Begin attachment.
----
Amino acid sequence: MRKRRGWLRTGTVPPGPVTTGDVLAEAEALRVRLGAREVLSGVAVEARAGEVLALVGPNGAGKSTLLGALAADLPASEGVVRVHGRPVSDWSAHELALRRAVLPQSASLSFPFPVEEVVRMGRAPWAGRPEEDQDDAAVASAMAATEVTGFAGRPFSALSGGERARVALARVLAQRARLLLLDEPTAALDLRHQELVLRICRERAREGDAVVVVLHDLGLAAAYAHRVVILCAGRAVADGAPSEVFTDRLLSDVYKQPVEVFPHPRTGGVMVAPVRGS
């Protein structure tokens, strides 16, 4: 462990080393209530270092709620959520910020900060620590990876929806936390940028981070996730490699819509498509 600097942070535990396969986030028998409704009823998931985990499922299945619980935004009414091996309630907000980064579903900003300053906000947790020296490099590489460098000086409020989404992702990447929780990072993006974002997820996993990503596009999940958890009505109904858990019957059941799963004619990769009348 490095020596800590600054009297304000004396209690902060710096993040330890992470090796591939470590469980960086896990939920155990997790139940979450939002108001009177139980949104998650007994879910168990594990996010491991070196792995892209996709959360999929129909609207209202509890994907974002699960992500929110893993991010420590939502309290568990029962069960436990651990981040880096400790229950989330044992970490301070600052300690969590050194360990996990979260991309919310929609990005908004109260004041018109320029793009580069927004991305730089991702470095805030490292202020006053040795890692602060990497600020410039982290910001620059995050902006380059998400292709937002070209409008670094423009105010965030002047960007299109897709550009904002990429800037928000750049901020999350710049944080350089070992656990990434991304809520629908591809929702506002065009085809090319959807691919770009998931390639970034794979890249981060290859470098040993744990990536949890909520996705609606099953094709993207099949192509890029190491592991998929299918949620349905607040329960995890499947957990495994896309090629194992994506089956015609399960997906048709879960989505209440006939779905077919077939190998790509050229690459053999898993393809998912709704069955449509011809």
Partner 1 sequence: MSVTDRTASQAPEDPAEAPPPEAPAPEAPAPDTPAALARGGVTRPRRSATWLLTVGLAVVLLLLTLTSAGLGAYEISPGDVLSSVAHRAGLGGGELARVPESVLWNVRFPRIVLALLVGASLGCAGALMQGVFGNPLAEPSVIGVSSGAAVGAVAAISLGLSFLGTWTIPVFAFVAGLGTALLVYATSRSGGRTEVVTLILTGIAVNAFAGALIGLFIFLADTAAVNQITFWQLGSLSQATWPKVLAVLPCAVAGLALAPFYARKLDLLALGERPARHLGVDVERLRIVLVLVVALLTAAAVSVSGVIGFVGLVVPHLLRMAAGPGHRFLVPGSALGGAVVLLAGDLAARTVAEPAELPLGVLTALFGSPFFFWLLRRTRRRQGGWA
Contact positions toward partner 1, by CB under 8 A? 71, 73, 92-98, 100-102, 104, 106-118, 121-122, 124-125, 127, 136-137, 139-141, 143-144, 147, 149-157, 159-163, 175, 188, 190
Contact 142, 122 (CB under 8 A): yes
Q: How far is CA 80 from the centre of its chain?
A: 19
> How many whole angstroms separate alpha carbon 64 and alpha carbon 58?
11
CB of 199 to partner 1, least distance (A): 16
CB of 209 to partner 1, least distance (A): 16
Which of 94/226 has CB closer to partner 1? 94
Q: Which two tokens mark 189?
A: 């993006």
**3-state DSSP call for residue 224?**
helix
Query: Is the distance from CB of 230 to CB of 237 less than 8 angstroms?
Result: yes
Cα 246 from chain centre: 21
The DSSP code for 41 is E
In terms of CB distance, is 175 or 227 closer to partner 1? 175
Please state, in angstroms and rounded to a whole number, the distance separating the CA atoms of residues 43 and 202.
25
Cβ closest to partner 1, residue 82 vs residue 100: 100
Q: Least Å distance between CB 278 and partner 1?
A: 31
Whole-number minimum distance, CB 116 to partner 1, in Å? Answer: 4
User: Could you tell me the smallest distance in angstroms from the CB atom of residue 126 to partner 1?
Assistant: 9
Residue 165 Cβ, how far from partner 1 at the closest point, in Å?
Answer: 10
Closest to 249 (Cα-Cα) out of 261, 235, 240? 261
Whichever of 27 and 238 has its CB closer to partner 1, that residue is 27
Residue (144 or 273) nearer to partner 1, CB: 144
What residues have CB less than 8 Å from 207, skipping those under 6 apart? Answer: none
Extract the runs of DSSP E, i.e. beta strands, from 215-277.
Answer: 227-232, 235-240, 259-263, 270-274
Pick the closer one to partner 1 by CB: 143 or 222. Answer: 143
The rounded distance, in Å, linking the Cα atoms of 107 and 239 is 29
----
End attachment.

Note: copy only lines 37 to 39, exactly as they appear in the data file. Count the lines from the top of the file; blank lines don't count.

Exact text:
Answer: 227-232, 235-240, 259-263, 270-274
Pick the closer one to partner 1 by CB: 143 or 222. Answer: 143
The rounded distance, in Å, linking the Cα atoms of 107 and 239 is 29